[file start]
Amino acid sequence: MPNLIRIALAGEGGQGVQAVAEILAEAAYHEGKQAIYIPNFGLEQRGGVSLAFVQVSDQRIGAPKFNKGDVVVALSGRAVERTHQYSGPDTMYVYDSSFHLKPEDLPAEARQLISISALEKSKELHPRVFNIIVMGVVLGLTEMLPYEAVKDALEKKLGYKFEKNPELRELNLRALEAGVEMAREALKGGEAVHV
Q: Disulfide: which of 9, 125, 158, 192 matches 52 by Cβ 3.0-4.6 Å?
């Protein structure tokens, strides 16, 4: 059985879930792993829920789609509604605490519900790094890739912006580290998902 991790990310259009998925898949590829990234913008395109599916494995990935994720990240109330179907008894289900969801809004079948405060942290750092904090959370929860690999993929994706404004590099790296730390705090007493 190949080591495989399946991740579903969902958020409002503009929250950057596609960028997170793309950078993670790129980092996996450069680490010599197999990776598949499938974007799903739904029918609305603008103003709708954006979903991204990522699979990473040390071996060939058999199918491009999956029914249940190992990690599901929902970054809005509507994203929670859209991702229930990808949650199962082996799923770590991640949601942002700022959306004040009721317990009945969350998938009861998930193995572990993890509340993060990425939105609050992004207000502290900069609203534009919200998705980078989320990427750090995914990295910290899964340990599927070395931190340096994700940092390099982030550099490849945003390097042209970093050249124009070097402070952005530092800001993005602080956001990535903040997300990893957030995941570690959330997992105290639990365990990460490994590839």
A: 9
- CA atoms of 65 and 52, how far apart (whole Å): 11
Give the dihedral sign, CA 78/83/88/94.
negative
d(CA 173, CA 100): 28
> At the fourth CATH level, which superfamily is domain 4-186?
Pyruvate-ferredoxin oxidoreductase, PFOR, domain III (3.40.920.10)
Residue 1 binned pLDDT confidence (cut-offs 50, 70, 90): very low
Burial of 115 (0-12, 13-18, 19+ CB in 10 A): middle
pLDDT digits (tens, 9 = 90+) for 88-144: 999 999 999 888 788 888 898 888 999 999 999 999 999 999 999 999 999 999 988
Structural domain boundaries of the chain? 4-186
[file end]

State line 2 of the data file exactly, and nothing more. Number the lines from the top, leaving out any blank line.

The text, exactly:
Q: Disulfide: which of 9, 125, 158, 192 matches 52 by Cβ 3.0-4.6 Å?